Pacific Wrecks
Pacific Wrecks    
  Missing In Action (MIA) Prisoners Of War (POW) Unexploded Ordnance (UXO)  
Chronology Locations Aircraft Ships Submit Info How You Can Help Donate
 
    Isurava Oro Province Papua New Guinea (PNG)
Click For Enlargement
Click For Enlargement

Phil Bradley 2003

Location
Lat 9° 0' 0S Long 147° 43' 60E  Isurava is located in the Owen Stanley Mountains along the Kokoda Trail. Prewar, Isurava village was established at an elevation of 1,318m. Connected by the Kokoda Trail, Isurava is roughly a half day's walk from Kokoda to the north. To the south is a half days walk is Alola (Alolo). Another trail extends eastward to Asigari then onward to Kaile

Wartime History
During June 1942, a New Guinea Force (NGF) reconnaissance report by Lt. W. A. Palmer and W. E. Young identified Isurava as a possible defensive position.

During August 13-19, the Australian Army 39th Battalion of militia assembled at Isurava to establish defensive positions to block an enemy advance over the trail. On August 16, 1942 39th Battalion commanding officer Lt. Col. Ralph Honner arrived at Isurava.

The Japanese patrols began to probe the area, indicating an impeding assault. By late August, the militia were exhausted by fighting, deprived of sleep, poor food and heavy rains.

Battle of Isurava
On August 26, the militia men were relieved by AIF infantry from the 21st Brigade under the command of Brigadier Arnold Potts including the 2/14th Battalion and 2/16th Battalion. Meanwhile, the Japanese advanced two battalions including four battalions and two engineer units. They began firing mountain guns, mortars and machine guns at the defenders.

On August 27, the Japanese had cut off an Australian patrol 500m north of the village and efforts by C Company, 2/14th Battalion failed to relieve them. At 4pm, the Japanese made a frontal attack up the Kokoda Trail encountering E Company defenses. Meanwhile a small Japanese force attempted to outflank the position.

During the night of August 27-28, heavy rains fell in the area and the Japanese attack resumed from dawn to 8am, while Japanese forces attempted to outflank the C Company positions and kept attacking all afternoon until the evening. In total approximately 350 Japanese casualties were inflicted.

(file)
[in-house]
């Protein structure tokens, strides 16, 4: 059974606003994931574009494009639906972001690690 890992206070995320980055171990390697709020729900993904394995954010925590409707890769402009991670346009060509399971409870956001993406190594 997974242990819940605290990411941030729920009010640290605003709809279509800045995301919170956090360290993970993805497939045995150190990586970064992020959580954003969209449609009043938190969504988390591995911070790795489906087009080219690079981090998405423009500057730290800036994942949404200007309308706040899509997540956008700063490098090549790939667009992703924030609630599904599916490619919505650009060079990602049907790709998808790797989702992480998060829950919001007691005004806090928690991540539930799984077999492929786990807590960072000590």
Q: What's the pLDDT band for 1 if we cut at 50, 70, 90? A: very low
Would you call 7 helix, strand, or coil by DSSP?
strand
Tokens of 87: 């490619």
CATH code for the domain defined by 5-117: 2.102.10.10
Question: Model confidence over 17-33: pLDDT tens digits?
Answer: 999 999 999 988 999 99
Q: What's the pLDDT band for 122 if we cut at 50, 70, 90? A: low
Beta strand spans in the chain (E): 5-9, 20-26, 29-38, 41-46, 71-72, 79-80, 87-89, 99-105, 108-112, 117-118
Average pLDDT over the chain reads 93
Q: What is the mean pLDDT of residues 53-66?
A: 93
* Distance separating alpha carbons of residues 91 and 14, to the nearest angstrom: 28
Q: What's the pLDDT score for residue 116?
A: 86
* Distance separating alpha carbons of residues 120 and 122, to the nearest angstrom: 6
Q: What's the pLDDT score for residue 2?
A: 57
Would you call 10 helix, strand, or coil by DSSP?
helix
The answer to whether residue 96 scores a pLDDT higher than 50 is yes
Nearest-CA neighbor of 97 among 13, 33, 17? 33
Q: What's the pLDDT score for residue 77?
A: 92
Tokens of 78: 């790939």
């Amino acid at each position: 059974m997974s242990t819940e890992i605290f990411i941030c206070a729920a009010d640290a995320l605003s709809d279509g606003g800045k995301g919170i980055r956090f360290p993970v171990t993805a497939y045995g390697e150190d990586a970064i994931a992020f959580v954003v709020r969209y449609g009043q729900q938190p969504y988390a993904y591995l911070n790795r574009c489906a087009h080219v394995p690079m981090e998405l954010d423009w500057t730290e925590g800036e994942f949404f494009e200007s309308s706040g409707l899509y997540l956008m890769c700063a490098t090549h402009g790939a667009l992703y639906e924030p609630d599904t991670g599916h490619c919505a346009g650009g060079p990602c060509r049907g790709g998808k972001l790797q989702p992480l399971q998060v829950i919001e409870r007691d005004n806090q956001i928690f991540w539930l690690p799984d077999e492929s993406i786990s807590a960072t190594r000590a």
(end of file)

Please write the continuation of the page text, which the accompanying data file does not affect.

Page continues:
At dawn on August 29, heavy Japanese attacks began and the Australian defenders managed to repelled two assaults before their line was broken and forced the Australians to commit their reserves. In an attempt to repel the enemy, Private Bruce Kingsbury rushed forward with a Bren gun and firing from his hip to clear a path through the enemy before being shot by a sniper from the forest. He posthumously earned the Victoria Cross. The location where he was killed became known as "Kingsbury Rock".

By the end of the day, the Japanese had suffered an estimated 500 casualties and the Australians 17 KIA and 48 wounded. In total, 75 Australians died during the Battle of Isurava and the Isurava Rest House. During the night, the Australians began withdrawing with their wounded under fire. On August 30, Brigadier Potts ordered the remaining Australians to withdraw southward to Alolo (Alola).

American missions against Isurava
September 3 - October 27, 1942

September 3, 1942
(5th AF) P-400s bomb and strafe the Isurava area.

September 5, 1942
(5th AF) P-400s strafe Isurava.

October 25, 1942
(5th AF) A-20s bomb and strafe the Isurava-Kokoda Trail.

October 27, 1942
(5th AF) A-20s hit trails around Isurava.

Today
The present day Isurva village, built postwar is located further to the north at an elevation of 1,318m. Originally, a battlefield plaque was located at the "new" village, before the original site was identified.

Isurava War Memorial
During 2000, the Battle of Isurava battlefield was rediscovered and the Isurava War Memorial was constructed at the defensive position of C Company, north of wartime Isurava village. The memorial consists of three black granite pillars were airlifted to Isurava to construct the memorial that overlooks the Kokoda Pass and valley below. Each of the four stones is inscribed with a single word: courage, endurance, mateship, sacrifice.

Dedicated in August 2002 by Australian Prime Minister, John Howard and PNG Prime Minister, Michael Somare. Ten veterans attended the dedication including RSL president Maj. Gen Peter Phillips (retired). This memorial was the first of three memorial upgrades, including Popondetta and Milne Bay memorial upgrades and re-dedications during 2002. There is an adjacent helicopter landing pad at the memorial, and a guest house in Isurava for visitors. Since then, the memorial has become a place of pilgrimage for Australian trekkers and for dawn services on ANZAC Day.

Kingsbury Rock
Large rock to the north of the Isurava War Memorial. The low side of the rock was the location where Private Bruce Kingsbury was killed by an enemy sniper after rushing forward with a Bren gun and firing from the hip, just forward of the C Company positions.

References
Kokoda Track - Station 14 Isurava
Field Guide to the Kokoda Track pages 312-313 (maps) 319-322, 327-357, 360-361, 362-363 (maps)

Contribute Information
Do you have photos or additional information to add?

Last Updated
February 4, 2018

 

Map
Map
Fallingrain

  Discussion Forum Daily Updates Reviews Museums Interviews & Oral Histories  
 
Pacific Wrecks Inc. All rights reserved.
Donate Now Facebook Twitter YouTube Google Plus Instagram